Tripoli’s old souks in Lebanon offer bittersweet experience

The old souks of Tripoli continue to play their traditional role, even though little has been done to preserve and renovate their architecture or infrastructure.
Sunday 21/01/2018
Khan al-Saboun in the old city of Tripoli. (Samar Kadi)
Khan al-Saboun in the old city of Tripoli. (Samar Kadi)

TRIPOLI, LEBANON - A visit to the old city of Tripoli in northern Leba­non — with its medieval caravanserais, hammams and crowded souks — is a sweet experience with a bitter taste.

While a visitor admires the carved wooden mashrabiya windows adorning the old stone buildings that overlook vaulted shops where tradi­tional crafts are being performed in a lively and chaotic ambiance, the decaying state of the city’s heritage strikes a sad reality.

Tripoli’s old centre had the creden­tials to figure on UNESCO’s World Heritage List but poor urban plan­ning, government neglect and dilapi­dation have prevented the city from qualifying, said architect Khaled Tadmori, a specialist in heritage restoration and urban conservation and a member of Tripoli’s Municipal Council.

“Old Tripoli is a living museum be­cause it has been inhabited since it was built by the Mamluks in the 13th century. It hosts more than 185 his­torical monuments and it is the only place in Lebanon where visitors can have a feel of the Orient,” Tadmori said.

Old buildings bordering the Abu Ali River were razed by the govern­ment following flooding in the 1950s to enlarge the river’s bed, which was transformed into a concrete water­way.

“The river used to sinuate be­tween the buildings, reminiscent of Venice,” Tadmori said, pointing at an old black-and-white photo of the city. “Unfortunately, the govern­ment built roads for cars to access the old city, removing many build­ings along the way.”

“The civil war (1975-90) was a blessing in a way because other­wise the plan was to remove the old souks and keep the main edifices that would have become islands sur­rounded by modern structure with­out the urban fabric of the old city, as it happened in Beirut’s old down­town,” Tadmori added.

Sitting at the foot of the crusader’s Citadel of Saint Gilles, Tripoli’s old medina is a tight tangle of alleyways and dead ends designed to thwart a military invasion.

“Unlike other medieval Arab cit­ies, old Tripoli did not have walls and ramparts but it was built as a for­tified labyrinth,” Tadmori explained. “Invaders are easily lost in the maze of alleyways. They cannot enter in big numbers in the narrow passages; roofs are connected enabling dwell­ers to flee and porches are low and cannot be accessed on horseback.”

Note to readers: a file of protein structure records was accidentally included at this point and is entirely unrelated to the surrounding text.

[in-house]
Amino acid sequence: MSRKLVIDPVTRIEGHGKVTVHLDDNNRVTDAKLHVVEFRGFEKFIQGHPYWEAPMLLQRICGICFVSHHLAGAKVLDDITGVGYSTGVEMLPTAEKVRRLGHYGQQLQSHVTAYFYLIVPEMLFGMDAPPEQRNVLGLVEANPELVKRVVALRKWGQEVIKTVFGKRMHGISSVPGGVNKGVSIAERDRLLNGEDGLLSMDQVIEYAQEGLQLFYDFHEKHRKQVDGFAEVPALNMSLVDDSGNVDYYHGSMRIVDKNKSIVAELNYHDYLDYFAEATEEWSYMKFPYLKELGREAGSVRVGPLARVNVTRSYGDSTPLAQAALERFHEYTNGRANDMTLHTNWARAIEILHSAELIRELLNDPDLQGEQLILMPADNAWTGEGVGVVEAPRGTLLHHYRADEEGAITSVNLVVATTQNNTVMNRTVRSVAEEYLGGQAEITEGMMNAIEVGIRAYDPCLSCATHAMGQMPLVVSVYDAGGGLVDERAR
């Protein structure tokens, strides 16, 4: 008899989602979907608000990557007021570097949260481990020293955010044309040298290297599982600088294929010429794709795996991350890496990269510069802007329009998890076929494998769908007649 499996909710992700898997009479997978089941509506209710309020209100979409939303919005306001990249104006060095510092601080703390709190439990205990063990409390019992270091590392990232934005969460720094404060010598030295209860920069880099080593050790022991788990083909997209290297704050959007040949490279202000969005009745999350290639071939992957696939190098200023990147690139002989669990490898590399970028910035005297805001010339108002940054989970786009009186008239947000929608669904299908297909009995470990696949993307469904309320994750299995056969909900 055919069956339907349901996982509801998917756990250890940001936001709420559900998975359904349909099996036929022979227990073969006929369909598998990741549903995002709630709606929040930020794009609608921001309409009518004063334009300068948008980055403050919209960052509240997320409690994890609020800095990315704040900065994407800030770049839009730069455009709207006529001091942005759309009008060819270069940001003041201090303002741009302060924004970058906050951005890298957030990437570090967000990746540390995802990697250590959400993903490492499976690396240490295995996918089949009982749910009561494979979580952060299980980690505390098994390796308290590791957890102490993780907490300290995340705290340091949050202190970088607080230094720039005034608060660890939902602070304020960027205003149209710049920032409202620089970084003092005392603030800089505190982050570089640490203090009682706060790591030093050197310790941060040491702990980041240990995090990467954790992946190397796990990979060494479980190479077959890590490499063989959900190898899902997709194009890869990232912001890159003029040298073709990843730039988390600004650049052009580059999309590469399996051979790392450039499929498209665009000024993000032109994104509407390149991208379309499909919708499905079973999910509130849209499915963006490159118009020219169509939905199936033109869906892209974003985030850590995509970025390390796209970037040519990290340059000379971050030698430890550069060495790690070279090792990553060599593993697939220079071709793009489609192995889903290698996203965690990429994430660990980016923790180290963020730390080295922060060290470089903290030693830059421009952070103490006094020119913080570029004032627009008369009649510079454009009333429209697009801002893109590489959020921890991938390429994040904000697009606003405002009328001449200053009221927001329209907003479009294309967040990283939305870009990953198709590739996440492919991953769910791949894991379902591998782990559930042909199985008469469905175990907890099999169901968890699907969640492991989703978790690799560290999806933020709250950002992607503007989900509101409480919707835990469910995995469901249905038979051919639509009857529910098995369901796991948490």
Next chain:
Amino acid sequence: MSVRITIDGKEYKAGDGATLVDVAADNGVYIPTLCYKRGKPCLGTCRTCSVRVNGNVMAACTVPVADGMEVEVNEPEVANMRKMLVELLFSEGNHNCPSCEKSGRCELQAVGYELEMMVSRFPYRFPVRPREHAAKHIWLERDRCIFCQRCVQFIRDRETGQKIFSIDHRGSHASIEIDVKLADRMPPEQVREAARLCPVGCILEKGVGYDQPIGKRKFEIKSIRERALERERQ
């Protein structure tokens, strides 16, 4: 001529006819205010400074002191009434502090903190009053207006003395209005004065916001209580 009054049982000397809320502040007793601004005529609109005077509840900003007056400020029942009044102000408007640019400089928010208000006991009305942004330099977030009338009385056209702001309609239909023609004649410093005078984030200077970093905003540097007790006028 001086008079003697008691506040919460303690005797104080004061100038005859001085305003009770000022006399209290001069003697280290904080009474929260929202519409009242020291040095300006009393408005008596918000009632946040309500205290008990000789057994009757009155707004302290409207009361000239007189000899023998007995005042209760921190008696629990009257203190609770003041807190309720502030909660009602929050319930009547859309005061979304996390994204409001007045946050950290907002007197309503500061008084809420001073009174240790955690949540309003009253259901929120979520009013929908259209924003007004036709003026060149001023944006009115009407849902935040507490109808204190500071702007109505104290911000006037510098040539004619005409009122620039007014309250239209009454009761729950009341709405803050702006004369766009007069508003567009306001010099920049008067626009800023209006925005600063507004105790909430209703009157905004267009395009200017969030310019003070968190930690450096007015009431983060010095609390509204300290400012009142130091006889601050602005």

The old souks, named after the crafts that were commonplace, branch out of the central Grand al- Mansouri Mosque, which was the main gathering place in the city. The location of the souks was carefully chosen. The coppersmiths’ market was far from the mosque because of the noise, as was the tanners’ souk because of the smell. The mosque’s gates opened on al-attarine (perfume makers) souk, the golden souk and Khan al Saboun — the soap souk — which also served as a caravanserai.

Tripoli was famous throughout history for its soap-making, a craft that lives on with inherited recipes blended in the traditional way. Soaps of different colours, shapes and fra­grances are smartly displayed in Khan al Saboun. However, the place was built in the 16th century and is in desperate need of restoration, like most heritage sites in the city.

“We have beautiful heritage in Tripoli that is falling into ruins. It needs preservation and a (func­tional) government to save it. Unfor­tunately, it is all fading away amid total government indifference,” said Jamal Najem, who owns a shop in Khan al Saboun.

A few sites have been renovated in the last few years, including Khan al Askar (soldiers’ caravanserai), Khan al-Khayateen (tailors’ market) and Hammam (Turkish bath) Izzedine, thanks to foreign funding.

Tripoli’s only functioning ham­mam, Hammam al Abed, has served clientele for more than 500 years. It has the typical pierced domes of Mamluk and Ottoman era public baths. The interior, with its cush­ions, central fountain, traditional fit­tings and towels hanging on lines, is a living museum.

Abu Rashed said he has been working in the hammam for 40 years. “I was a young man when I started here,” he said. “I must have scrubbed and washed more than 5 million people since.”

The place is open daily for men. For $21, a customer gets the full treat of a modern spa, including sauna and massage in a traditional routine and surrounding. Women need to book an appointment at the ham­mam in advance.

The Syrian conflict next door and the influx of refugees have kept for­eign visitors from Tripoli but Brigitte Basset, a Swiss tourist, said she could not resist the attraction of the old city’s oriental features.

“What attracted most to the souks are the people and the lively and chaotic movement that we do not have at home. It is about the colours, the noise and the smells as well as the artisanal crafts, which we have lost in my country,” Basset said.

The old souks of Tripoli continue to play their traditional role, even though little has been done to pre­serve and renovate their architecture or infrastructure.